May 24, 2014

Affligem Dubbel

Brewed By: Brouwerij Affligem / De Smedt (Heineken) in Opwijk, Belgium
Purchased: 750ml bottle bought at Friar Tucks in Urbana, IL; 2014 
Style/ABV: Belgian Dubbel, 7.0% 
Reported IBUs: ?

TIL Affligem is Heineken's bitch....about Affligem:
Affligem has a long history as an Abbey, going back to 1074 when six knights quit their day job of kicking ass, and traded their swords for a more peaceful life. Ten years later, and the Abbey was born. Like most Abbeys, Affligem was subject to numerous take downs and rebuildings. In 1796, the French state shut down the Abbey. It was not restored until 1887.
The Monks at Affligem were brewing beer since the early days of the Abbey. During World War II they handed over their recipe to sustain/preserve the business. The brewery is located in Opwijk, Belgium, and is owned by Heineken. For more info, check out the brewery's website
The Affligem Dubbel is an...Abbey Dubbel. This one really needs no explanation. Described as dark and spicy, this one should feature lots of clove, spice, anise, raisins, molasses, and bananas. The bottle is cool, and the glass is no slouch...let's see how she stacks up.
Affligem Dubbel

Wow...this is a raw, rustic Dubbel. I'm digging this from the onset, with the beer's dark reddish-brown/orange body. The body is hazy, and you can see yeast suspended in the beer, along with a stream of carbonation rising upwards from the chalice's nucleation point. This one kicks up one to two fingers of thick, bready, caramel-tinted head. This just looks the part of an Abbey Ale, all rustic and conditioned...nice. [there's good, clingy head retention/glossy alcohol legs]

The aroma is even better than the appearance. I'm getting some apples and wheat up front, with some caramel sugars. If you dig deeper you get rich raisins, breads, brown sugars, bready desserts (I think raisin bread is a safe call), mild anise, clove, green bananas, perfumed dark's just deep and layered, and goes way beyond the apple and wheat notes you initially get.

The taste follows through with the nose, almost spot on. That's not a bad thing, as you get blasted with sweet caramel, raisins/molasses, apples, and wheat up front. There are figs and stone fruits abound in here, with perfumed dark fruits firing on all cylinders across the tongue through the beer's velvety-smooth and perfectly carbonated body. I'm getting some hints of bread in here, brown sugar, raisin bread, dark fruits, dried dark berries, and tons of spicy phenols ala clove and cinnamon. Finally, I'm getting a dash of light anise/licorice.

This is classic Abbey through and through. Maybe it plays things a little safe, but the execution is flawless. And this feels rustic and vintage. I wonder how old this recipe is. I'm not getting any of the beer's 7.0%, but this is full-bodied and authoritative. The mouthfeel is perfect, with great duration, and tons of creamy, carbonated goodness. Complexity is fairly high as well. This expands in layers, with apples, raisins, wheat, caramel, and molasses up front; the mids hit carbonated figs, dark fruits, perfume, clove spice; the back end has malts, with breads, cakes, raisin bread, brown sugar, cinnamon, clove...the finish is dry and lightly dusty. This is well-balanced, and big. Nice...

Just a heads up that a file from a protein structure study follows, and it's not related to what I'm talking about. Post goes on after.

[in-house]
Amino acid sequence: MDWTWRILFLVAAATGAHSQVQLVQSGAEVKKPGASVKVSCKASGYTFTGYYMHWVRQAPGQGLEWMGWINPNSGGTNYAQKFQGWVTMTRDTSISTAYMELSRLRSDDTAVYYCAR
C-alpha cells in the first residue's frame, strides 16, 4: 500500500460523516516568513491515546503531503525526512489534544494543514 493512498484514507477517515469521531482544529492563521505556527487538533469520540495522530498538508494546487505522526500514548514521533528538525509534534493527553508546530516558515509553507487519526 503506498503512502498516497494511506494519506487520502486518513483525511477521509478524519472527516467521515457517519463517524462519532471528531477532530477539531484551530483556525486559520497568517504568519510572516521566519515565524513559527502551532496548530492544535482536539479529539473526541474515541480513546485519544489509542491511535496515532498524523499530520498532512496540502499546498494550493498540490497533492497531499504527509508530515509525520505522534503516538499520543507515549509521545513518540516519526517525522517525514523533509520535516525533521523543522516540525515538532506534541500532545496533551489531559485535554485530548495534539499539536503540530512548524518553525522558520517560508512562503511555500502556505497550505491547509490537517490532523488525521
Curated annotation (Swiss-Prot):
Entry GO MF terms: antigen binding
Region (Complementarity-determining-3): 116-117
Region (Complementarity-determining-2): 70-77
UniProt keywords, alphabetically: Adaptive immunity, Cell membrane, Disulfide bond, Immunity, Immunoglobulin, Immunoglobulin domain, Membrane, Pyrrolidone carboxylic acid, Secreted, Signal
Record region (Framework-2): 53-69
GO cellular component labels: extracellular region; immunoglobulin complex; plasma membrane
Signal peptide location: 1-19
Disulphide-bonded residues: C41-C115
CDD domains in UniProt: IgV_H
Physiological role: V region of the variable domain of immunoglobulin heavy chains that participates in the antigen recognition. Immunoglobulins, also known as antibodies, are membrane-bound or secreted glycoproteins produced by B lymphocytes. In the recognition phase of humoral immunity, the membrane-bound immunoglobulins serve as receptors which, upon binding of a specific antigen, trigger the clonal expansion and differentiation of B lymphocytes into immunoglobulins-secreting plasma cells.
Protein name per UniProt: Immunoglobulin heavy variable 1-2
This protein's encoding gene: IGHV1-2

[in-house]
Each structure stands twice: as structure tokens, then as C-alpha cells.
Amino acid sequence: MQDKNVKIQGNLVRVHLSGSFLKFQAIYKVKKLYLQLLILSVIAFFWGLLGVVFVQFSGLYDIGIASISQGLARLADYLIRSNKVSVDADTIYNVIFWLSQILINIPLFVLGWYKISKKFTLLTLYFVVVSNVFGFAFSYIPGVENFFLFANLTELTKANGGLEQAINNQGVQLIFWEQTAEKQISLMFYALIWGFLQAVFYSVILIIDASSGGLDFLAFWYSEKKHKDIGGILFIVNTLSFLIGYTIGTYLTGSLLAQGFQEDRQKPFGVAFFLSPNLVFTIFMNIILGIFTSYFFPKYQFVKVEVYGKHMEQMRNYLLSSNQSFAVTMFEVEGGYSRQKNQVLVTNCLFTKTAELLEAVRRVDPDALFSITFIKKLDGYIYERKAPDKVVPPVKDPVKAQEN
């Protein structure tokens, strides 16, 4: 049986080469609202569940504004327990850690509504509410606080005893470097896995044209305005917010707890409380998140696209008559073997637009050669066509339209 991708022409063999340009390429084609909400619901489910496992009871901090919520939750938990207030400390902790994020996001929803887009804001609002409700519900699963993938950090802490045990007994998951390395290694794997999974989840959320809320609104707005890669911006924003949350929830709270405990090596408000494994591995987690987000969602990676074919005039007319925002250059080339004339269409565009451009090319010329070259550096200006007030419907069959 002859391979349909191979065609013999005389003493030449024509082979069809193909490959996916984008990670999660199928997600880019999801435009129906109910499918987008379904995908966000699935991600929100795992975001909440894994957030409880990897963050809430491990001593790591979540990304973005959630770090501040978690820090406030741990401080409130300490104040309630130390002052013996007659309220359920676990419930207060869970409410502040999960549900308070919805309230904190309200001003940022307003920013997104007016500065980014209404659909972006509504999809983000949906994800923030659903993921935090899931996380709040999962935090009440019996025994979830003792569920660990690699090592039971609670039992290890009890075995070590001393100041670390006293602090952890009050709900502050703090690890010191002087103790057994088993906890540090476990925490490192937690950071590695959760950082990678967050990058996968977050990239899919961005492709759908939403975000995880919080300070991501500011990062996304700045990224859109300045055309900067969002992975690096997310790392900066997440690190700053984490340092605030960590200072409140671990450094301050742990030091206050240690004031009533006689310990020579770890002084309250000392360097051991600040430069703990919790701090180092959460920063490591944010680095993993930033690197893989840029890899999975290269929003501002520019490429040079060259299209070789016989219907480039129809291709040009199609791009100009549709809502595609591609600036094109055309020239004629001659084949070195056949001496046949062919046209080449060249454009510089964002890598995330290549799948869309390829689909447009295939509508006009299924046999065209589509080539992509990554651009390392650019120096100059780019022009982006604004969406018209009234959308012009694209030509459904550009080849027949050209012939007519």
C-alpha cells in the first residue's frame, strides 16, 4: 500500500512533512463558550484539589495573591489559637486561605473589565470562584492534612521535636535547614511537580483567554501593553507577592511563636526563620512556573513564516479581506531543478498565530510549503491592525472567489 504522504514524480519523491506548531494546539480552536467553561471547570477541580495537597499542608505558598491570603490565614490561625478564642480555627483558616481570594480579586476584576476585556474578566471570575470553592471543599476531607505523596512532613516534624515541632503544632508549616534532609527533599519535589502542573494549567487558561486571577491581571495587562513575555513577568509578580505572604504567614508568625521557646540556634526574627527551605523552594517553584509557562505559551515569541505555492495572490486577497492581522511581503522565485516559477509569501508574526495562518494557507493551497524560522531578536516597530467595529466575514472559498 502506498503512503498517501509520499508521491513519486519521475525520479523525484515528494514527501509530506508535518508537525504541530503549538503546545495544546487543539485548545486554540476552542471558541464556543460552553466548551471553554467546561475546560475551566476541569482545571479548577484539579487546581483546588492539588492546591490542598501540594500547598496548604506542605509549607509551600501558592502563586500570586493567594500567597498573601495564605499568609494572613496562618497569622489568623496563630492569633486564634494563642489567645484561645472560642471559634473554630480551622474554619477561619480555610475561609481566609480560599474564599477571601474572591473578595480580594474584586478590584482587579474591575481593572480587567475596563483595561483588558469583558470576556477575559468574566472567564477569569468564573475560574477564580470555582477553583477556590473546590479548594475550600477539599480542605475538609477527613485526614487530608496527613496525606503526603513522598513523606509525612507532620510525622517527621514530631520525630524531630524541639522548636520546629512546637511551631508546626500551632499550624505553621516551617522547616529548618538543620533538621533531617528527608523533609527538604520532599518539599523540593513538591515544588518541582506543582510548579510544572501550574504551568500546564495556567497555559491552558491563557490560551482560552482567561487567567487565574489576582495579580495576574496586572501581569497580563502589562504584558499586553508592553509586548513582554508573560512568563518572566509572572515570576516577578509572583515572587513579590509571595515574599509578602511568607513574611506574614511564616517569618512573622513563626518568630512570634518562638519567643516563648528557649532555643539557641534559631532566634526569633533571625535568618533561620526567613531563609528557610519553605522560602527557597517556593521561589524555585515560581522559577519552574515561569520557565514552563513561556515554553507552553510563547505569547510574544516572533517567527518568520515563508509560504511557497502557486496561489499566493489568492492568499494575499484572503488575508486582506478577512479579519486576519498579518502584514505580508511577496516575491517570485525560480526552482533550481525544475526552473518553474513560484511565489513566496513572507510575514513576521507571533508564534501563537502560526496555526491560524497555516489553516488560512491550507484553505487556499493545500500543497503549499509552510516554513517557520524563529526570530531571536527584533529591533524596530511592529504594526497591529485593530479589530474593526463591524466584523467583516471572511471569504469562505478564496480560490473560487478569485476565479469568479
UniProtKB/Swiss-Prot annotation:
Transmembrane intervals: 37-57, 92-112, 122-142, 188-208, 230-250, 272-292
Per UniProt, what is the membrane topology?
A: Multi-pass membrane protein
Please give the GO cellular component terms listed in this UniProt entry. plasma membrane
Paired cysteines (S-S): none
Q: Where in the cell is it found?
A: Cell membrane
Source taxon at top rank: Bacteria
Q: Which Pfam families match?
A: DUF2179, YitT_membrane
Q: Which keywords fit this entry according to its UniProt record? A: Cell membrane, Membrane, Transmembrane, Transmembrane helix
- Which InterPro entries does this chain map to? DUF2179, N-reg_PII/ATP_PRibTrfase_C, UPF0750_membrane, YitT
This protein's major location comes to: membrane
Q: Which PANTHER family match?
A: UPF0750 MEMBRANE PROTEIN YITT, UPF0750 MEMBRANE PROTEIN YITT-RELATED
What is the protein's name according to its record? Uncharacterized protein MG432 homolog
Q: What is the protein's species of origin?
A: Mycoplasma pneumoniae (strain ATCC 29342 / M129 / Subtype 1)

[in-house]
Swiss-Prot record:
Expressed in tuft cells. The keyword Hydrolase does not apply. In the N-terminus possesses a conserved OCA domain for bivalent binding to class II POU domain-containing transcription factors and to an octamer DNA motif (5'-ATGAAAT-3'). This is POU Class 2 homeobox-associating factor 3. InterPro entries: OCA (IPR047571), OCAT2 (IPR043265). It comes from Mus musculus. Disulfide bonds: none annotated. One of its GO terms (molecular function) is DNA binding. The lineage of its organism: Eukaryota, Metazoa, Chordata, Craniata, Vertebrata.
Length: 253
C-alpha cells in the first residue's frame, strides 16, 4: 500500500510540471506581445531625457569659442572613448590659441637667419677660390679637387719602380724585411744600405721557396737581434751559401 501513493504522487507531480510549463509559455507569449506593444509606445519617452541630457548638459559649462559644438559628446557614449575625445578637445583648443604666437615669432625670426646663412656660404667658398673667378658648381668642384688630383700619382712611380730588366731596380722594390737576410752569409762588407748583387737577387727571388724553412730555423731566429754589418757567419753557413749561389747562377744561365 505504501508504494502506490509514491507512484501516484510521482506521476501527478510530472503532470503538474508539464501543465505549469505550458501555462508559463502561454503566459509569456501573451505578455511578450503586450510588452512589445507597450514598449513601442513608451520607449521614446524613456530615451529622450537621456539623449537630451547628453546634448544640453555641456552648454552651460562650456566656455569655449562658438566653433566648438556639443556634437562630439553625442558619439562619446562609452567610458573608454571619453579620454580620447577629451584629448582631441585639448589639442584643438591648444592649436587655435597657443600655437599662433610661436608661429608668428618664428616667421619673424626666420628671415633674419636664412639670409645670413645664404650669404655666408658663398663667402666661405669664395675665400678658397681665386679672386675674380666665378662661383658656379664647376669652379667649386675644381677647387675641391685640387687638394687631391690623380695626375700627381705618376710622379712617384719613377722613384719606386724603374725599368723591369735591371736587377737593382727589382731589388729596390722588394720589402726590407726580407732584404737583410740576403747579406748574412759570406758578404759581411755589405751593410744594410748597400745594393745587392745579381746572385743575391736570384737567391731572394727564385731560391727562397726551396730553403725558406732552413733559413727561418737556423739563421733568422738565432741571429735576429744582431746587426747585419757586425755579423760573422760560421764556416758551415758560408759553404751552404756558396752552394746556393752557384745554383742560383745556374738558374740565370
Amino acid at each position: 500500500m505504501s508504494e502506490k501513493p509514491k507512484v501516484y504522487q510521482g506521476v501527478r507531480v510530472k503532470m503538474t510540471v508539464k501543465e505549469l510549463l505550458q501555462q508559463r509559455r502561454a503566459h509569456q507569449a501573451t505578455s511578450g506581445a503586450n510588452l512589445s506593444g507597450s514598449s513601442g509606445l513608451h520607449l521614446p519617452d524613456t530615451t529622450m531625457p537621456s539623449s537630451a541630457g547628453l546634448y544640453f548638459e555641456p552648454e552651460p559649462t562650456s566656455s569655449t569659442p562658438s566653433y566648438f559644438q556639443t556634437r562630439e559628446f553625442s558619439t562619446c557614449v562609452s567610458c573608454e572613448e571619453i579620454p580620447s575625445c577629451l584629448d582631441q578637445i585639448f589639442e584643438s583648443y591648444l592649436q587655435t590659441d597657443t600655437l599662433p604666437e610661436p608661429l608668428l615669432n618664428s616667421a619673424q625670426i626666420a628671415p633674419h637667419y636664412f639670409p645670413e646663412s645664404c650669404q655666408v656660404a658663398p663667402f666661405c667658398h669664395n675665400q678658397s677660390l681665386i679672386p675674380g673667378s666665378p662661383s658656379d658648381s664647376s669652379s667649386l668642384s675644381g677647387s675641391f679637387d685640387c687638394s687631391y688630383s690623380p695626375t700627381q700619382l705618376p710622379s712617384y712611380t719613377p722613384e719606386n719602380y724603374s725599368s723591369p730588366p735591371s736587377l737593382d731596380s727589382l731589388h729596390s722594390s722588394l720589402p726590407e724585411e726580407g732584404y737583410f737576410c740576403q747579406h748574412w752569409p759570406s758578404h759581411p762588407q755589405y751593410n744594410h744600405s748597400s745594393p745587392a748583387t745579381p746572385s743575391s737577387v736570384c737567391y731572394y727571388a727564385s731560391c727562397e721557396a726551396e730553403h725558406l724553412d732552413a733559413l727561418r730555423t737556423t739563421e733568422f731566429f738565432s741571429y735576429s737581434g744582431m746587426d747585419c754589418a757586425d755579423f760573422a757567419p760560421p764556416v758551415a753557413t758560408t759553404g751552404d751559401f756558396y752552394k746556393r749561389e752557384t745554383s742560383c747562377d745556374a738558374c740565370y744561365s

Rating: Divine Brew (4.5/5.0 Untappd)

I can't believe I'm saying this about a Heineken-owned product, but this is a Light Divine Brew and one of the better Abbey Dubbels I have had. What pushes this beer over the top is the absolutely PERFECT and MEMORABLE mouthfeel, and the layers of complexity. This beer is also perfectly balanced, with good bitterness, tons of spice, lots of malts, and a dry clean finish. As this warms up the spice and malts are popping, and adding the yeast from the bottom of the bottle seems to add character. I'm just enjoying the heck out of this beer, and I could see myself buying this beer again in the Winter months. I feel like this is the perfect beer to pair with a meat and cheese tray, preferably during a football game. You could also pair this beer with stews, hearty soups, grilled meats, and ham. This is just some rustic and refined goodness. I'm surprised...I'm intrigued...I give this a VERY STRONG RECOMMENDATION, especially at around $10 a bottle. Check it out. 

Random Thought: I feel like classic Abbey/Belgian Dubbels are quite different from the candi sugar overload American counterparts. There is nothing wrong with that, but surely this style distinction is worth noting. Compare something like Solemn Oath's Big Box Make Magic to the beer that we have in front of us, and yeah. Two awesome beers with completely different experiences. 

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